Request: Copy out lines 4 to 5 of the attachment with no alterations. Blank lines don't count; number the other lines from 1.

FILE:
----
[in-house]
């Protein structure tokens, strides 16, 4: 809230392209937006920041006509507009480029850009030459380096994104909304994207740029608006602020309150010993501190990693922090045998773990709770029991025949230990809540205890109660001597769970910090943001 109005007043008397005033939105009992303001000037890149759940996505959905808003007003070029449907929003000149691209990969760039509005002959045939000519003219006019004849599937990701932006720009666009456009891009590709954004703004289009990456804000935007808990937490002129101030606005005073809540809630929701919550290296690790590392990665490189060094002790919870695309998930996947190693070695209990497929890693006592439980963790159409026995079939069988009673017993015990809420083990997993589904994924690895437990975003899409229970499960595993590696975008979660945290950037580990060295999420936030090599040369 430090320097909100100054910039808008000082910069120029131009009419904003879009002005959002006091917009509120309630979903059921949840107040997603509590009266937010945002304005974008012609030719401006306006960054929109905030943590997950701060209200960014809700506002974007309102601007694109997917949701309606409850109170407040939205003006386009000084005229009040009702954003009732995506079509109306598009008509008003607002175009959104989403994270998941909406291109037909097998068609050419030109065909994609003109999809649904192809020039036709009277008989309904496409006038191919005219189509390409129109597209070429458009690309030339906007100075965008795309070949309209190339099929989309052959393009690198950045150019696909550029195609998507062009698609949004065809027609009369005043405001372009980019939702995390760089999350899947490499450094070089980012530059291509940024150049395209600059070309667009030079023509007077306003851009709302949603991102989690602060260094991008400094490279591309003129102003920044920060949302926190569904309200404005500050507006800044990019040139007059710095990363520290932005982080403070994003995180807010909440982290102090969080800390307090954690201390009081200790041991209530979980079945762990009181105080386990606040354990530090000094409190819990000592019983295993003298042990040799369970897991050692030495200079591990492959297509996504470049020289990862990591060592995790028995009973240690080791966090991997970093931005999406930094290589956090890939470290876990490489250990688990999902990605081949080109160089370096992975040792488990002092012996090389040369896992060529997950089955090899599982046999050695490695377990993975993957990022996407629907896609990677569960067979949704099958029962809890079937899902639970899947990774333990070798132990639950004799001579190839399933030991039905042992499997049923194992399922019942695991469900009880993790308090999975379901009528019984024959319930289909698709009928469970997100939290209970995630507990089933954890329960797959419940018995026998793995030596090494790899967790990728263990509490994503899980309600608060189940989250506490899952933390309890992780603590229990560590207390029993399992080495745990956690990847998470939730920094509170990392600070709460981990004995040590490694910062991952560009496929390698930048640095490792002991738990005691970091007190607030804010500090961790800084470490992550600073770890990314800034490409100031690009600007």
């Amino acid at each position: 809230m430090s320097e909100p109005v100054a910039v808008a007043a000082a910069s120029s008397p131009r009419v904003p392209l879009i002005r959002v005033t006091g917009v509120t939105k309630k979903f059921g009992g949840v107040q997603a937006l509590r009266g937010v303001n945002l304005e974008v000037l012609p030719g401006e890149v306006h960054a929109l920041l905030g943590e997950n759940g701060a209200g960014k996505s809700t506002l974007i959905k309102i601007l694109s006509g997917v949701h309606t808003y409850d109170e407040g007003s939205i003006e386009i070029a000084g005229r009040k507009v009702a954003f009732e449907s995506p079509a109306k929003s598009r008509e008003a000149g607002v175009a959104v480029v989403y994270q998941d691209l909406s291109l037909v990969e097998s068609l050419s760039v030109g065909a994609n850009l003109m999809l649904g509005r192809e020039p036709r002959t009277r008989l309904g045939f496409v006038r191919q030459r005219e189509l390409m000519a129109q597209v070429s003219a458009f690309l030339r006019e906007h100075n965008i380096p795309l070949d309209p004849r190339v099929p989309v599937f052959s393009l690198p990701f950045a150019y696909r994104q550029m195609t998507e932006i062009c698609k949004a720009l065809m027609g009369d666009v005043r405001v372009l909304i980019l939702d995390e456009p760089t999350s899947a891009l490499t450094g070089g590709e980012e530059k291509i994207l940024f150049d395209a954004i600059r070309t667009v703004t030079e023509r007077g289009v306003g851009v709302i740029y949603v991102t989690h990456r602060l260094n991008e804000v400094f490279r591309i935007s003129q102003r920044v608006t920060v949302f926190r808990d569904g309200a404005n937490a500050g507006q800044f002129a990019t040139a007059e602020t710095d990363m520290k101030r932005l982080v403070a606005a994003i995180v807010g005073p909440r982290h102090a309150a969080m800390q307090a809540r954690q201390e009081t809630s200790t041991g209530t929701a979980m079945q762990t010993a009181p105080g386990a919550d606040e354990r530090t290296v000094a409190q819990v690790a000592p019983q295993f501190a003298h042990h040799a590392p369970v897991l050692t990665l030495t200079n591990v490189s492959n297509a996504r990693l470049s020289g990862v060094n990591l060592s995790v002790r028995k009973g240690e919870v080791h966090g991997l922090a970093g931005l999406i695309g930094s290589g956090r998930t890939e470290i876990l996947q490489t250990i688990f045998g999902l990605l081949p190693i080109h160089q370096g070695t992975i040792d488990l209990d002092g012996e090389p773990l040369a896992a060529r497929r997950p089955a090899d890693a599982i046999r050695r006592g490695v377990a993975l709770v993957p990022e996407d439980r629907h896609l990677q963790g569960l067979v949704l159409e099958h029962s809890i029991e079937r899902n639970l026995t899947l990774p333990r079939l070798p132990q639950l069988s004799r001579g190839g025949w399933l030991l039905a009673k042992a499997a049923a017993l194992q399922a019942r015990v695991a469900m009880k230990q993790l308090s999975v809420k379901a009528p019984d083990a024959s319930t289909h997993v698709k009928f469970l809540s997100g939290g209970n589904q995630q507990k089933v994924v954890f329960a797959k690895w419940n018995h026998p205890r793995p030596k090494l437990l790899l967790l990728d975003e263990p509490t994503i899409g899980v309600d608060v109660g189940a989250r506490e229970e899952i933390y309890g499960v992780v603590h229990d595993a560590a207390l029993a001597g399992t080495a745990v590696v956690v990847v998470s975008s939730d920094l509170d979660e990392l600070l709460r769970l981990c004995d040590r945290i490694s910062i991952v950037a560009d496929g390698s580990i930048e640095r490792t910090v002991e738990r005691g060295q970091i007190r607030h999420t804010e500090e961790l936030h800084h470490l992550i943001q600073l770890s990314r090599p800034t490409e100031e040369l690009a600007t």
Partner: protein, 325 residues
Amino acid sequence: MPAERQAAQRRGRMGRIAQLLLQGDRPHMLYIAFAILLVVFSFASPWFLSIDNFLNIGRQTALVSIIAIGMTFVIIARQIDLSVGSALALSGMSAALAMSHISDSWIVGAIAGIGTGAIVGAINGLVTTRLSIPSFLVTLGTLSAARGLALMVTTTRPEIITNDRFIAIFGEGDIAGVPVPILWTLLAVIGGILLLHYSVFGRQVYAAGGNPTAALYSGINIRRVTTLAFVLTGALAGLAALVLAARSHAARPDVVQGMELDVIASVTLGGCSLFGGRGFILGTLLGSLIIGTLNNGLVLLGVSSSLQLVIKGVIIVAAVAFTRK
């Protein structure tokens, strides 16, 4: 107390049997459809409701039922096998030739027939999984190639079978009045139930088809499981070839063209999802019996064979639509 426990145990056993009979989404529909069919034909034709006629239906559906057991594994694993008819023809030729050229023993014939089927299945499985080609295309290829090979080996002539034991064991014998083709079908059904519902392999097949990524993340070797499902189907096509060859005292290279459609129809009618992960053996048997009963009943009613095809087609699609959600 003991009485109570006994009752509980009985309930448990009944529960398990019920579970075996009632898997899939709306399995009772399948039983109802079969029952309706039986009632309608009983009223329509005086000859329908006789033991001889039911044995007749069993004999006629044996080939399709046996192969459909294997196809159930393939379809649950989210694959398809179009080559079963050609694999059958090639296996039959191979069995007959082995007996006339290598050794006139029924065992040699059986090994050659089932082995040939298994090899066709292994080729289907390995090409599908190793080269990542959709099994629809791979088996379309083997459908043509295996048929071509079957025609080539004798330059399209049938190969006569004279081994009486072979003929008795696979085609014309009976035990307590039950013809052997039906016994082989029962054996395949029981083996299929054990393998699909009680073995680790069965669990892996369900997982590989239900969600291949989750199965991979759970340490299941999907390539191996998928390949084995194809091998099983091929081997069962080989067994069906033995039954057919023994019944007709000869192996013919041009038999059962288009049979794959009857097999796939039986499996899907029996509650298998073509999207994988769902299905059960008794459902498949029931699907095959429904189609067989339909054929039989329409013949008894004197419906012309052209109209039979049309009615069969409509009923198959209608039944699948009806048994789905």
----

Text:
Partner: protein, 325 residues
Amino acid sequence: MPAERQAAQRRGRMGRIAQLLLQGDRPHMLYIAFAILLVVFSFASPWFLSIDNFLNIGRQTALVSIIAIGMTFVIIARQIDLSVGSALALSGMSAALAMSHISDSWIVGAIAGIGTGAIVGAINGLVTTRLSIPSFLVTLGTLSAARGLALMVTTTRPEIITNDRFIAIFGEGDIAGVPVPILWTLLAVIGGILLLHYSVFGRQVYAAGGNPTAALYSGINIRRVTTLAFVLTGALAGLAALVLAARSHAARPDVVQGMELDVIASVTLGGCSLFGGRGFILGTLLGSLIIGTLNNGLVLLGVSSSLQLVIKGVIIVAAVAFTRK